The National Chairman of the Kenya Union of Post Primary Education Teachers (KUPPET) Omboko Milemba was rescued from angry secondary school teachers in Homa Bay County who confronted him for supporting the Finance Bill 2023 in the National Assembly.
Milemba, who is also the Member of Parliament for Emuhaya Constituency, had attended a secondary school teachers’ sports tournament at Tom Mboya University in Homa Bay town on Sunday evening accompanied by the union’s Secretary General Akelo Misori and other Kuppet officials.
They were welcomed warmly by the teachers who seemed thrilled by the tournament but about four minutes later, the master of ceremony welcomed Milemba to give his opening remarks which were to pave the way for the final football match.
The KUPPET boss began addressing teachers but trouble began when he introduced himself saying he voted ‘yes’ for the Finance Bill.
Upon hearing the statement, a group of teachers started booing. Milemba ignored the noise and continued to explain the significance of the Finance Bill 2023 to development in the country.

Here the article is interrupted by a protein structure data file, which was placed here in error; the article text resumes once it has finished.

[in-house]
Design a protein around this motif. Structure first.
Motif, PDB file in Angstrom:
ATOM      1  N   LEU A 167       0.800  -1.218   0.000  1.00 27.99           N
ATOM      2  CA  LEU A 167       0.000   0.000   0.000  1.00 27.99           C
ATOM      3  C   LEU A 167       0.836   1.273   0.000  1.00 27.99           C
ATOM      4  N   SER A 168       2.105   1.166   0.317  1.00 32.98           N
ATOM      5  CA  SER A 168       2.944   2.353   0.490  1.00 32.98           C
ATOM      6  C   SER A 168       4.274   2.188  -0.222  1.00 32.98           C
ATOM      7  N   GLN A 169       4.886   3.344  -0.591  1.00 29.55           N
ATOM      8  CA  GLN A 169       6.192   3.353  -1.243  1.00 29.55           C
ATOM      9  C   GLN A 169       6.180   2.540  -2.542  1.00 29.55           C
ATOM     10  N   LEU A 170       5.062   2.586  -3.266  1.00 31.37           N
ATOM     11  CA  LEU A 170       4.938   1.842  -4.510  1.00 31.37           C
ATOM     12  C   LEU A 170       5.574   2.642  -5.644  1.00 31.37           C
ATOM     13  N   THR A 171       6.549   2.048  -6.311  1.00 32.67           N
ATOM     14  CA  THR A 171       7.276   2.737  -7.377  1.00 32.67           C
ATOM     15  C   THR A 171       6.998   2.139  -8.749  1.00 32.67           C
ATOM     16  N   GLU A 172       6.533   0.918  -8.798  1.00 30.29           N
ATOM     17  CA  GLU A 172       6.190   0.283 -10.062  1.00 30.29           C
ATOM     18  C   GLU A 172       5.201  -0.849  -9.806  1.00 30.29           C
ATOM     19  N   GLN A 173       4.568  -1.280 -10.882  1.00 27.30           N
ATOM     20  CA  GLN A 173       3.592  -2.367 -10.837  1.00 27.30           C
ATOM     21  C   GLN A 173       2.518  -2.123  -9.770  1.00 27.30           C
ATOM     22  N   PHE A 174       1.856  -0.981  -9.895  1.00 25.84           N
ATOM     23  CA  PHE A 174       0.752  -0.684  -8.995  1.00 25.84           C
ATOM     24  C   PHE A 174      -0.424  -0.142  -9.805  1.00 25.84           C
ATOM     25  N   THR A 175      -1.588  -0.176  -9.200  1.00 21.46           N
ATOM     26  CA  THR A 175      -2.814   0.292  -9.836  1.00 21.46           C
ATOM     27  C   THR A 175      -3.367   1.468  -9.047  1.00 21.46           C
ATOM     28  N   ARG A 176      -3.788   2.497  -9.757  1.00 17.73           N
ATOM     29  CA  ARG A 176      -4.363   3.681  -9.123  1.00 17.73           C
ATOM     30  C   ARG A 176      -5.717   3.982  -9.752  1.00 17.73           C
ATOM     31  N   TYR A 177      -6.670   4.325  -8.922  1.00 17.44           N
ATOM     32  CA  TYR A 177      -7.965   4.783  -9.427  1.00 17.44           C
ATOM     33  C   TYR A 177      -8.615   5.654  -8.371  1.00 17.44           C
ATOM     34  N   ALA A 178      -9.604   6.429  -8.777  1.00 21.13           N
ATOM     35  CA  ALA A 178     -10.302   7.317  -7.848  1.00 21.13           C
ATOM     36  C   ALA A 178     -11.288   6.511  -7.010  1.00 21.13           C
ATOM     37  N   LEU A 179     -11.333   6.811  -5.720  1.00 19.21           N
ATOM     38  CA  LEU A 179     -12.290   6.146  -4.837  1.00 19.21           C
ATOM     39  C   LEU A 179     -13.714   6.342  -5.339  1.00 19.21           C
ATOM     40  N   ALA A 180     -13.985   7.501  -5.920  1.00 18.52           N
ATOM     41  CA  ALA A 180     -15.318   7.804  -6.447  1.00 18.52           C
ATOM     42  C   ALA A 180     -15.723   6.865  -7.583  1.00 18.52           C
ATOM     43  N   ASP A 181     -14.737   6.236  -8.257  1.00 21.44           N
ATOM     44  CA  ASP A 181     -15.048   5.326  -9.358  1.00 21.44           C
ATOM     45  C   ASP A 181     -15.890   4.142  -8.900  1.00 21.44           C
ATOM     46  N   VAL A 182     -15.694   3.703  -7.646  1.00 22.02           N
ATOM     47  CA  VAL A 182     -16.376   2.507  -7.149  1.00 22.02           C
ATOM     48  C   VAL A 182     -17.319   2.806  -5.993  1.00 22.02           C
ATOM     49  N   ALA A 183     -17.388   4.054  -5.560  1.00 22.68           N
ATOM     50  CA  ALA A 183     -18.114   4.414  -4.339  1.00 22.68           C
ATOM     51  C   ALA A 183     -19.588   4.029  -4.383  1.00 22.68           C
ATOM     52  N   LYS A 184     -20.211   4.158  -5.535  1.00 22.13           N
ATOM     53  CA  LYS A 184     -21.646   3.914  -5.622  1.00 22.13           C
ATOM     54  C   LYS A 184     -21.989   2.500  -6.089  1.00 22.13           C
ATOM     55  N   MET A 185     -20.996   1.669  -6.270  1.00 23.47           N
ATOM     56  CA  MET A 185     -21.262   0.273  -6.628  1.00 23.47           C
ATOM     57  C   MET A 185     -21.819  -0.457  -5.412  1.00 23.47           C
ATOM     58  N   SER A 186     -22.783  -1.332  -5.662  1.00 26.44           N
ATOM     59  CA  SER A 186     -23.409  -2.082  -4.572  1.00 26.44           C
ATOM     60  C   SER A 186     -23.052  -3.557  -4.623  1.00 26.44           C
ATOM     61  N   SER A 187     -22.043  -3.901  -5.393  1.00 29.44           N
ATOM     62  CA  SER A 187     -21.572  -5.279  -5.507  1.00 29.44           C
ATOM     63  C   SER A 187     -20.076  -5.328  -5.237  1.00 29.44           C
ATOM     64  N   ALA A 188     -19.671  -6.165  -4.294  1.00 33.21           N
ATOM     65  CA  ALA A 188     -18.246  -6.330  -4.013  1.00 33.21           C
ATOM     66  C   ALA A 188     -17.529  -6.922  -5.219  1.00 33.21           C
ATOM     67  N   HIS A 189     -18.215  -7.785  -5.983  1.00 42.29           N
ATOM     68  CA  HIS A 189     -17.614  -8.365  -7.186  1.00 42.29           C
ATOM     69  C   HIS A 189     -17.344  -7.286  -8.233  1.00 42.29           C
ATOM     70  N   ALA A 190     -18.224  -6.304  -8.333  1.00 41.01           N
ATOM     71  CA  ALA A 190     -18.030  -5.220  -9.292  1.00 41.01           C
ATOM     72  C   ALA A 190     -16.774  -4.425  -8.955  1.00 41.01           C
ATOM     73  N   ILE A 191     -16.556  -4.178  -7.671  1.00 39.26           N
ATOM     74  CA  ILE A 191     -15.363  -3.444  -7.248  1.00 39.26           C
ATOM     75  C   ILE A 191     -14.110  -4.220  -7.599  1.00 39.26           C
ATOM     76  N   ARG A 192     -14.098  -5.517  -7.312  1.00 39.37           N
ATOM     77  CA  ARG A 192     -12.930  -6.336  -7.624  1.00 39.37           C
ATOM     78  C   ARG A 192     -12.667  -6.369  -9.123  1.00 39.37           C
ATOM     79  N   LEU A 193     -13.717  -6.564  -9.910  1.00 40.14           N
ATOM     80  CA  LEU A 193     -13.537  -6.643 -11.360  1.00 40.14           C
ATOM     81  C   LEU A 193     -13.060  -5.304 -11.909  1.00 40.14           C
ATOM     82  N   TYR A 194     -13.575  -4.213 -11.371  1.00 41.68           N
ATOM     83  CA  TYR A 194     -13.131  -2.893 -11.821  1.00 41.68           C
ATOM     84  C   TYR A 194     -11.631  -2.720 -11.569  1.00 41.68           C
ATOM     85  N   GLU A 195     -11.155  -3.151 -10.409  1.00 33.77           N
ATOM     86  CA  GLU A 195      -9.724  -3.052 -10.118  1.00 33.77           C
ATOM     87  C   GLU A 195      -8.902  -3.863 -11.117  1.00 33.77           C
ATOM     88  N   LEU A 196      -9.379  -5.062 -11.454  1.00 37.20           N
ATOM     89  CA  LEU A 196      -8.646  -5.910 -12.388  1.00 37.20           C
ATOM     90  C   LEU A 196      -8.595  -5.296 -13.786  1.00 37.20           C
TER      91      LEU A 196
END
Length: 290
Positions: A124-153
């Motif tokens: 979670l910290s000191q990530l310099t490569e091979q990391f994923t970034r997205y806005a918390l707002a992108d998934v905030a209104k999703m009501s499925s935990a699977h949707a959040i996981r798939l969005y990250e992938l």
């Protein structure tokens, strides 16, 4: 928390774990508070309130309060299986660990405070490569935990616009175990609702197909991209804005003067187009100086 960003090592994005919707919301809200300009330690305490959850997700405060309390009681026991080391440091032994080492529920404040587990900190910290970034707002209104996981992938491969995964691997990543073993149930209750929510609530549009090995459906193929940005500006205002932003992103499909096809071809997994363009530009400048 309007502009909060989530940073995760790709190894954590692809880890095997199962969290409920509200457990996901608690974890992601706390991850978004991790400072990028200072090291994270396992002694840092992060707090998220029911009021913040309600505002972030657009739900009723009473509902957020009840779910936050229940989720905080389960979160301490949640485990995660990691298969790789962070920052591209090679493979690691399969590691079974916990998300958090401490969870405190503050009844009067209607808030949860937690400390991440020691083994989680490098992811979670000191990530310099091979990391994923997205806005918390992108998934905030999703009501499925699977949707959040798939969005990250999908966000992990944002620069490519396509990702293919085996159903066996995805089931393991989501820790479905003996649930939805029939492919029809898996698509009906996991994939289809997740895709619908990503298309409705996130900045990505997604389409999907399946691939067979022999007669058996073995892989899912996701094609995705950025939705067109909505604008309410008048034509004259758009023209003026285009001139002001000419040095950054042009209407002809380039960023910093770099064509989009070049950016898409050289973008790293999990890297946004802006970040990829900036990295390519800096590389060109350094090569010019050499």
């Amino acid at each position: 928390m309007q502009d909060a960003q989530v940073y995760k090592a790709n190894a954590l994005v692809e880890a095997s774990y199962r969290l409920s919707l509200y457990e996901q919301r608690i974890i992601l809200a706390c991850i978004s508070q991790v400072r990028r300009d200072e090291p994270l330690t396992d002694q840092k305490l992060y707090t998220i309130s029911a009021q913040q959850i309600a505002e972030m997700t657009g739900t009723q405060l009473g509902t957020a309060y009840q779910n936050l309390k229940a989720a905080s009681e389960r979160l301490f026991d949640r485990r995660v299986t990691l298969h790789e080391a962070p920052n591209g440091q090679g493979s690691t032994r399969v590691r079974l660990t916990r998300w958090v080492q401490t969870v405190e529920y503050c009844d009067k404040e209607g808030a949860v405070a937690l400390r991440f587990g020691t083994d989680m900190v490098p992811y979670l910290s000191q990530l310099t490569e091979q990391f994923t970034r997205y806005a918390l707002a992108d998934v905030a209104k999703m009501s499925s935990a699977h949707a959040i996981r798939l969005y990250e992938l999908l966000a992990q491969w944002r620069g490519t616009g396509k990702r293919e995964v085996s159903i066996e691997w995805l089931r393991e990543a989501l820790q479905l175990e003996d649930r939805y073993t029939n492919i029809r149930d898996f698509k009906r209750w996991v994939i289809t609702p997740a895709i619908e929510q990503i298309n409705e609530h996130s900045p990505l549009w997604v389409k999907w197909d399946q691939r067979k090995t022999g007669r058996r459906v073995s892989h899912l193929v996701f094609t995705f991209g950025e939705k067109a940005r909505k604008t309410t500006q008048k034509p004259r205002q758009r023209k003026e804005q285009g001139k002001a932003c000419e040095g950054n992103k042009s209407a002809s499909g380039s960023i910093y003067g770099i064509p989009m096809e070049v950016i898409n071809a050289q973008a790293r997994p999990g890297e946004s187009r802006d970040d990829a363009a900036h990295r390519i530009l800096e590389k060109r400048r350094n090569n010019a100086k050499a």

His words fell on deaf ears as the teachers began accusing him of betraying them through supporting the contentious bill.
The trouble went for more than 15 minutes before Misori took to the stage to admonish the teachers of their unbecoming behaviour.
On his way out of the podium, some teachers threw various objects at him including stones.
In a bid to protect his boss, one of Milemba’s bodyguards removed two pistols, pointing at the teachers to restrain them from throwing the stones.
Misori and Yogo condemned the incident and argued that it was wrong for the teachers to be intolerant towards Milemba.
This comes at a time when President William Ruto has signed into law, the controversial Finance Bill 2023, which was passed by the National Assembly last week.
The president assented to the Bill today Monday morning at State House, Nairobi.
The Bill sailed through Parliament after a third reading by Kuria Kimani, chairman of the National Assembly Finance and National Planning Committee, and now Kenyans will have to dig deeper into their pockets to fund the government’s first budget.